>> collins was already finding better uses of his time than fighting. >> i draw a lot. i read magazines. i watch my tv. get off into what is known as the cabala. have you ever read the cabala? the cabala, the torah. i taught myself hebrew, biblical hebrew. i'm learning more about that. >> keeping busy. >> yeah. >> though collins seemed interested in more peaceful pursuits, he also let us know he was staying sharp should there be any trouble in the future. >> every now and then when i would talk to brian collins he would talk about his martial arts he crafted over the time of him being incarcerated, and on certain occasions he would just break out into these weird moves that, you know, he said were a hybrid style that he kind of created and came up with. >> a few days later collins had another check-in with dr. matias and he had already set a new goal. he wanted to transfer to general population where he would have even more freedom.
>> population. >> population. why you do that? >> well, in the time i've known you you've either been in lockup or here. and so the idea of you running around population doing your thing, working a job, hanging out with your friends -- >> it's kind of a big step for me. >> it's kind of like mind-boggling. if you ran into a guy you had some conflict with in the past and you're going down to the chow hall and he's going down to the chow hall, you see him, he sees you, you know who he is, he knows who you are -- >> i'm leaving. i don't have no reason to prove myself. like i said, i want my life back. i want control of my life back.
i ain't going to do that. he told me that if i would do these specific things like you told me, section by section or one thing at a time, that eventually it may not seem like i'm going to get control of my life, but if i do it once and i do it twice and i do it three times, eventually i would get control of my life and the truth is that's what's occurring now. so you are correct and i'm going to keep doing what you say. you know? >> okay. so we'll shoot for maybe the middle of october? >> okay. >> if things go good, we'll start making some noise about getting you out there. >> okay. >> he has quite a history. that's what i'm worried about, that that history will follow him, he'll bump into somebody that maybe there's an issue that isn't quite resolved. given how much progress he's made, that would be a major setback. >> so for now? >> we'll keep our fingers crossed and hope for the best.
>> but it wasn't long before dr. matias' concerns became reality. collins had been accused of fighting with another inmate and was confined to his cell while officials investigated the matter. >> apparently another guy over there said that i hit him and that's all it took because of my, you know, my history for violence on the idu. it means a setback. a serious setback. i'm not allowed to come out but one hour a day. no matter what i do. i can whistle dixie all day long, not talk to nobody, cause no problems, not say nothing, i'll still be over there. he told me that. >> how badly injured was this man? >> no injuries. not a mark on him. >> i got the impression he was vastly minimizing what had happened. i think that part of the problem is we're a television crew standing in front of his cell, and for him to admit it, other people would have heard the truth. indiana state prison allowed us to give certain inmates little personal cameras that we would leave with them and they could film themselves. i gave a camera to brian, and all i asked of him was to be honest. he might be a little more honest on his own.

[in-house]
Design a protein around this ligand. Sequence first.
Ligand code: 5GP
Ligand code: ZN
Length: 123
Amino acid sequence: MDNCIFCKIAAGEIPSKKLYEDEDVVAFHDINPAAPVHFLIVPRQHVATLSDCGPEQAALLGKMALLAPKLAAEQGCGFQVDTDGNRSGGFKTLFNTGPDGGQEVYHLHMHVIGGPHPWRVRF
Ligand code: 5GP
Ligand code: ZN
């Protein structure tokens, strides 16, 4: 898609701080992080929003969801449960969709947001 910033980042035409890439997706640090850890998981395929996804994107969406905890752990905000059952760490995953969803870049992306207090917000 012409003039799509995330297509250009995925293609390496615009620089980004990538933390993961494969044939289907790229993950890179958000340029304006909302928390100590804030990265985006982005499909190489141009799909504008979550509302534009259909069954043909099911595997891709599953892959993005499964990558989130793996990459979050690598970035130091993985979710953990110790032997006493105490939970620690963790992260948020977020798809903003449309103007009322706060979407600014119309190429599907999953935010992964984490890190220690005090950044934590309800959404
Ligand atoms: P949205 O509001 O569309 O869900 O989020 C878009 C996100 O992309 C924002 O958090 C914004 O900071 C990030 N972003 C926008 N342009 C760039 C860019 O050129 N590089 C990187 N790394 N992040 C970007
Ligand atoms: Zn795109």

person will try to move up the social ladder. it's the same in prison. the bottom of that ladder is segregation, the hole, where the inmate will spend most of their time by themselves without any privileges. at the top of that ladder is general population, where an inmate will have about as much freedom as you can in prison. >> serving a 60-year sentence for several crimes including rape and with a long list of violent offenses inside indiana state prison, inmate brian collins was fortunate to have been moved out of the intensive detention unit to the less restrictive chronic care unit. but not long after the move his luck ran out. >> mr. collins has been accused of assaulting another inmate. there was never a verification of that, but the accusation was